Many of our people don’t understand Kwanzaa. Many of us suffer from psycho-sclerosis, closed mindedness; an unwilling to expand our thinking to entertain and embrace new ideas, even though Kwanzaa is over forty years old. Many don’t see the significance of a cultural holiday based upon African values. Some think their particular religion is all they need. Some are mesmerized by Hip Hop and see no need to reorient themselves to a more righteous way of looking at the world. But if we stop and look at the moral and fiscal bankruptcy and decay of this nation, it should be clear we need to rethink our role and place in this country; especially its values.

     Will we remain silent as the US and its imperialist allies continue to drop bombs on innocent men, women and children and conduct ever expanding drone warfare around the world under the bogus guise of “national security” and “the global war on terrorism”? Will we acquiesce to the blatant class warfare wage against us as the ruling elites and their puppets in Congress steal our wealth and get away Scott free?

     As the US economy continues to implode due to the intrigues of the ruling elites and their flunkies in government, shouldn’t we begin to think in terms of developing a cohesive purpose (Nia, Umoja) and strategy for our survival? Shouldn’t we be developing an internal sub-system of commerce and economics, (Kujichagulia, Ujima and Ujamaa) given what we are seeing all around us? Could we use our creativity (Kuumba) and genius to formulate ways to feed, cloth and protect our people?

     As confidence in the Congress and government plunges, and we see our elected official sell us out at every turn, shouldn’t we begin to think in terms of unity, self-determination and developing faith (Imani) in our ancestors, ourselves and our potential given no one is here to save us but us?!

      If you answered yes to any of these questions then Kwanzaa has relevance for you here and now. If you think it’s time to embrace a new way or relating to one another within our own communities, then Kwanzaa is relevant to you. If you want to heal the psyches of our people, build up our families and communities, strengthen them and help them thrive despite the economy and the moral rot permeating this society, then Kwanzaa has relevance to you.

Wednesday, 02 January 2013 18:46
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     The website www.walkscore.com, in collaboration with researchers at Simon Fraser University and the University of British Columbia, announced this week that Philadelphia ranks as the ninth most bikeable city United States and the best city for biking with a population more than one million. The rankings are based on four factors: bike lanes; hills; destinations and road connectivity; and bike commuting mode share.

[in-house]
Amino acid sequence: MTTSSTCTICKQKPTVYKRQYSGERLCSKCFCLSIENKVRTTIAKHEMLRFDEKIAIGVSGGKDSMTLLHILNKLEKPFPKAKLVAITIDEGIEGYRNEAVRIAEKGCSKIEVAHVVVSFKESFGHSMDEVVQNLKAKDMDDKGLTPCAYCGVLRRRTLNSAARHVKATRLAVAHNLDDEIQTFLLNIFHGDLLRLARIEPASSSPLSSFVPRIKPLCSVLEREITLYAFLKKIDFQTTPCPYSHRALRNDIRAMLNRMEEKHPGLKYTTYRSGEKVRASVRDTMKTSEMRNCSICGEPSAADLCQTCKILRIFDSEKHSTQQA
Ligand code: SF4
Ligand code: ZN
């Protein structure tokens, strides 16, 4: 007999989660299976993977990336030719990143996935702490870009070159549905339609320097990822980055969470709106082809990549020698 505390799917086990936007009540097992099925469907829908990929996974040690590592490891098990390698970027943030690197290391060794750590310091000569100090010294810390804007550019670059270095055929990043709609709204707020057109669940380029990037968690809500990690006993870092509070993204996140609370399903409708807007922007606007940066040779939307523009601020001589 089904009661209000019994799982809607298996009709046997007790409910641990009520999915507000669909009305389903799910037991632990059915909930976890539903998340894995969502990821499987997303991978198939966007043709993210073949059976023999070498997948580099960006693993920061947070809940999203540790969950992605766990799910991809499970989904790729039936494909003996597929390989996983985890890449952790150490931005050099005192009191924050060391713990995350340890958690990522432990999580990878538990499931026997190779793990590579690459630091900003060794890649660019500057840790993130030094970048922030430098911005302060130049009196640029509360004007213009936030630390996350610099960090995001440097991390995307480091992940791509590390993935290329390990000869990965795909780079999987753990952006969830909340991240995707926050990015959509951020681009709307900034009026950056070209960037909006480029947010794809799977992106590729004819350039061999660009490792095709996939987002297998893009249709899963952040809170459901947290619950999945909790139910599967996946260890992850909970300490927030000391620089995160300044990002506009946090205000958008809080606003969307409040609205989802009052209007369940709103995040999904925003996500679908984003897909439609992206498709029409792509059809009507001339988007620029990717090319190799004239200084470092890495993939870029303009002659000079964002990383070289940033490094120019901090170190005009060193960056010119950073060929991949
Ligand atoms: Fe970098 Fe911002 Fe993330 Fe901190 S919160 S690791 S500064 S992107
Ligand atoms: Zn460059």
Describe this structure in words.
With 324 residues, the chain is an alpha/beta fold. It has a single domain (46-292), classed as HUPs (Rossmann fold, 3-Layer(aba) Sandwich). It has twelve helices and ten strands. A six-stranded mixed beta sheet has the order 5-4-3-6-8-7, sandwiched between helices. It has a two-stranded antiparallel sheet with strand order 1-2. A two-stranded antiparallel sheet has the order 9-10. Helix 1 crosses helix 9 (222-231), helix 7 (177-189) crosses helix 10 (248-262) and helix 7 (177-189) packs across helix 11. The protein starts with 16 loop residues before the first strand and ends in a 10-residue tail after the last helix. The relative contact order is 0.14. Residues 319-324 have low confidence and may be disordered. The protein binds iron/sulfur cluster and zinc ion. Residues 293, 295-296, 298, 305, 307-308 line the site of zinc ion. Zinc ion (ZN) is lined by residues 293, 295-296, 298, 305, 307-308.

“I am pleased to see Philadelphia recognized as among the nation’s most bikable cities,” said Michael A. Nutter. “The work of the Mayor’s Office of Transportation and Utilities to coordinate agencies across City government has led to major strides in making biking a safe and convenient option for traveling around Philadelphia,” Nutter continued.

Wednesday, 02 January 2013 18:45
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     At 7:00 p.m. on December 31, 1862, our enslaved ancestors anxiously awaited the freedom that they were told would finally come the next day. For them, it was the long-awaited hope that the kidnapping, the enslaving, the brutal backbreaking labor, the buying, the selling, the beating, the raping, the castrating, and the lynching would finally end.

     Although it did eventually end, we- not they- reaped the benefits. They went through hell to try to get us to heaven. Therefore, we must acknowledge them, thank them, and especially avenge them.

Wednesday, 02 January 2013 18:44
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 Five hundred public housing schoolchildren will stay warm this winter thanks to a winter coat giveaway sponsored by the Philadelphia Housing Authority (PHA).

     PHA partnered with Operation Warm, one of the nation’s largest non-profit providers of brand-new winter coats, to hold the giveaway, which benefited children in need just in time for the holidays.

Wednesday, 02 January 2013 18:42
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 The Gospel Music Industry mourns the loss of the Legendary Lady Inez Andrews of the Caravans. Andrews passed away in the afternoon of Wednesday, December 19, 2012 at her home in Chicago.

     She was slated to receive the Dr. Bobby Jones Legends Award during the upcoming Stellar Awards Show in Nashville, TN in January 2013.

Wednesday, 02 January 2013 18:38
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We Should Never Forget The Father of Gospel Hymns, Rev. Charles A. Tindley

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      "By 1906, Dr. Tindley had composed and copyrighted at least 20 gospel songs. At that time, gospel hymns were not thought of so very much. Tindley would preach a sermon and then sometimes he would break out into one of the Gospels he had written. It was strange for people in the congregation the first time they heard it. But two or three times after that they would join right in. His daughter, Emaline Tindley (who had a very beautiful mezzo voice) would lead the hymns and the church would pick them right up."

Wednesday, 02 January 2013 18:34